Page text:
Three-Tier Data Warehouse Architecture
Data Warehouses usually have a three-level (tier) architecture that includes:
A bottom-tier that consists of the Data Warehouse server, which is almost always an RDBMS. It may include several specialized data marts and a metadata repository.
Data from operational databases and external sources (such as user profile data provided by external consultants) are extracted using application program interfaces called a gateway. A gateway is provided by the underlying DBMS and allows customer programs to generate SQL code to be executed at a server.
Examples of gateways contain ODBC (Open Database Connection) and OLE-DB (Open-Linking and Embedding for Databases), by Microsoft, and JDBC (Java Database Connection).
A middle-tier which consists of an OLAP server for fast querying of the data warehouse.
The OLAP server is implemented using either
(1) A Relational OLAP (ROLAP) model, i.e., an extended relational DBMS that maps functions on multidimensional data to standard relational operations.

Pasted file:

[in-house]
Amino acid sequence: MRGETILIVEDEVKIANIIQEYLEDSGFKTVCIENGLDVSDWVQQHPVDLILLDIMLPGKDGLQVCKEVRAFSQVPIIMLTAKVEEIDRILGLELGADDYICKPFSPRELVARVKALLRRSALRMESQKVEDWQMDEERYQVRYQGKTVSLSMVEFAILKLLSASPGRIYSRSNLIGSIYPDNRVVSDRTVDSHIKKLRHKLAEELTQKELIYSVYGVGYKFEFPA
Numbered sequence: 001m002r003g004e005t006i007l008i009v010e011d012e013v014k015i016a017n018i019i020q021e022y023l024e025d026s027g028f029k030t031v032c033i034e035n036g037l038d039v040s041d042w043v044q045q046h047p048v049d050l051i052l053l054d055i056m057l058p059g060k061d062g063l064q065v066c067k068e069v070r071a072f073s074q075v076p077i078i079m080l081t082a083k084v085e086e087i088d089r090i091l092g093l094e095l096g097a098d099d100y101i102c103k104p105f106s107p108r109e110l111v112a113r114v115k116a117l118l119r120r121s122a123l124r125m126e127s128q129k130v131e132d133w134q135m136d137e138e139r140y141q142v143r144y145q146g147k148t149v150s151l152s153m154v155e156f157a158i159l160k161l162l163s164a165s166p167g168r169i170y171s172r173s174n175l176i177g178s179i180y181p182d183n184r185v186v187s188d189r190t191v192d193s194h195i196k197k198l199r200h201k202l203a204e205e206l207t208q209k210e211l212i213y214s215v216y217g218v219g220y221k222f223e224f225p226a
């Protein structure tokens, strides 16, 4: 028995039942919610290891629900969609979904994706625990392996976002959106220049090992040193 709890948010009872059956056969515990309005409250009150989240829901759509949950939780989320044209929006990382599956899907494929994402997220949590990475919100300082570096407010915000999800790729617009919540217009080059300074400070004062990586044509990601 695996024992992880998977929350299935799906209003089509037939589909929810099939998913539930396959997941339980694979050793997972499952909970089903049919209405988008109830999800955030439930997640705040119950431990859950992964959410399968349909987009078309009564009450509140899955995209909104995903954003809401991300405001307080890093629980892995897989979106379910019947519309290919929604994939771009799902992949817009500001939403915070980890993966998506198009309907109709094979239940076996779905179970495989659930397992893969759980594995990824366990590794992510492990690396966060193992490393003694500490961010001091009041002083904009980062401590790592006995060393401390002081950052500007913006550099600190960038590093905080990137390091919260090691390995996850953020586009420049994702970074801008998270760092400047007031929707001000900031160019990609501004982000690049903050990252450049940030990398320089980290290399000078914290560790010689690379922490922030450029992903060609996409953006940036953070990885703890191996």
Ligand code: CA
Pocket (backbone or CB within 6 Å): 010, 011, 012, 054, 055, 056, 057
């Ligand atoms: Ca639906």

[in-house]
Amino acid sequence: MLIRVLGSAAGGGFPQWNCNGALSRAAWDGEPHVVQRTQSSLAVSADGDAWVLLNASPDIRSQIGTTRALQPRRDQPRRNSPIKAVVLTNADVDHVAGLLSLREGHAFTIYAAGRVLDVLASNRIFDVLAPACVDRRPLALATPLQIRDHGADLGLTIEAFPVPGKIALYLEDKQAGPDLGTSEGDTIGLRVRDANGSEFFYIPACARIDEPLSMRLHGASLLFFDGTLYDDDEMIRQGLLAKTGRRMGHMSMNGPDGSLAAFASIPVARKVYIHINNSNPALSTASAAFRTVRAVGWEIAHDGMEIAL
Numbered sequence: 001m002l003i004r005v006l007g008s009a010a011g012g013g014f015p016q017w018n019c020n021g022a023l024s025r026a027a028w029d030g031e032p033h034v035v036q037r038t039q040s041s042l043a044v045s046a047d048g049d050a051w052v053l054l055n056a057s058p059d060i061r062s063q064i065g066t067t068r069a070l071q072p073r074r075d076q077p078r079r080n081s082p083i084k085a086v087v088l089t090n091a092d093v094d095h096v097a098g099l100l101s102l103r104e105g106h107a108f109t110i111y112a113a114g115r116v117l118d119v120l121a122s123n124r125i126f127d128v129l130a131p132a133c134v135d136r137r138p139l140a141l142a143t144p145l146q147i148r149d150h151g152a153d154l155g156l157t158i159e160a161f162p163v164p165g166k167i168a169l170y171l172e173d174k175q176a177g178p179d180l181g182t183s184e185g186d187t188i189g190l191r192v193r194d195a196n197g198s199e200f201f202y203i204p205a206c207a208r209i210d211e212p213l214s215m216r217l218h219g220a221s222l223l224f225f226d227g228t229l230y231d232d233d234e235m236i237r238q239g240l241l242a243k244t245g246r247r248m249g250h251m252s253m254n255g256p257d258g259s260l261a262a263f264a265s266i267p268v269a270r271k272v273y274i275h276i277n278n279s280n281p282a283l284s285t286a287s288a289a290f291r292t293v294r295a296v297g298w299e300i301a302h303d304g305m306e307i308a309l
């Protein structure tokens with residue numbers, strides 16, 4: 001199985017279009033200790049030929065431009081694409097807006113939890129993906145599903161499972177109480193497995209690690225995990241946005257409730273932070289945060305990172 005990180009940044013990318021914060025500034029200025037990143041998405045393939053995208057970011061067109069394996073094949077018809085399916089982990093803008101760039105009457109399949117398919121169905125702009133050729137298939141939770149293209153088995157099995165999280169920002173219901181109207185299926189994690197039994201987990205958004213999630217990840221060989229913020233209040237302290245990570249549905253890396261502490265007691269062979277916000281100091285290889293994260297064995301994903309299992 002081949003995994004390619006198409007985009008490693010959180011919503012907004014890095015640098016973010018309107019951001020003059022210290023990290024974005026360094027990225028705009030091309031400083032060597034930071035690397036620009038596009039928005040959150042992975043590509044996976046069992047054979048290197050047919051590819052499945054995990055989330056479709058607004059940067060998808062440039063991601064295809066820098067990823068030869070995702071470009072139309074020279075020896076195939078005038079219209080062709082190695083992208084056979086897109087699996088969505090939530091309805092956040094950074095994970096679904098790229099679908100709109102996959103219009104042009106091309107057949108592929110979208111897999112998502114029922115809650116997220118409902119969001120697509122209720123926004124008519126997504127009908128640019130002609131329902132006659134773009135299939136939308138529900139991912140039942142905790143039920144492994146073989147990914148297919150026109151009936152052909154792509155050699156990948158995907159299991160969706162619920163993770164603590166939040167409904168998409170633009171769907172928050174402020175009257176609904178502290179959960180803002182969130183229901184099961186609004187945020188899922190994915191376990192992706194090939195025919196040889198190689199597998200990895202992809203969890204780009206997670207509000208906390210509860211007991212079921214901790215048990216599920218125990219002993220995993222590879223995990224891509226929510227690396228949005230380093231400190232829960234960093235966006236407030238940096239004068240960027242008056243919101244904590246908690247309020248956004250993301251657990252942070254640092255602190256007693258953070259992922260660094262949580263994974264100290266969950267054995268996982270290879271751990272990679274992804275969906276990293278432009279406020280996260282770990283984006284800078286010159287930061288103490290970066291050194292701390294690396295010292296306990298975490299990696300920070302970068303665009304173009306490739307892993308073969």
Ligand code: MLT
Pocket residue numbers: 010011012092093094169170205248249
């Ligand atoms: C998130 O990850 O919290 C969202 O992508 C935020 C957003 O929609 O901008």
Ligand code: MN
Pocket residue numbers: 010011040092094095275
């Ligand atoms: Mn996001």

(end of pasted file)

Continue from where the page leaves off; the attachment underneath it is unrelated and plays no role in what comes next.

(2) A Multidimensional OLAP (MOLAP) model, i.e., a particular purpose server that directly implements multidimensional information and operations.
A top-tier that contains front-end tools for displaying results provided by OLAP, as well as additional tools for data mining of the OLAP-generated data.
The overall Data Warehouse Architecture is shown in fig:
The metadata repository stores information that defines DW objects. It includes the following parameters and information for the middle and the top-tier applications:
Principles of Data Warehousing
Data warehouses require increase loading of new data periodically basis within narrow time windows; performance on the load process should be measured in hundreds of millions of rows and gigabytes per hour and must not artificially constrain the volume of data business.
Many phases must be taken to load new or update data into the data warehouse, including data conversion, filtering, reformatting, indexing, and metadata update.
Data Quality Management
Fact-based management demands the highest data quality. The warehouse ensures local consistency, global consistency, and referential integrity despite "dirty" sources and massive database size.
Fact-based management must not be slowed by the performance of the data warehouse RDBMS; large, complex queries must be complete in seconds, not days.
Data warehouse sizes are growing at astonishing rates. Today these size from a few to hundreds of gigabytes and terabyte-sized data warehouses.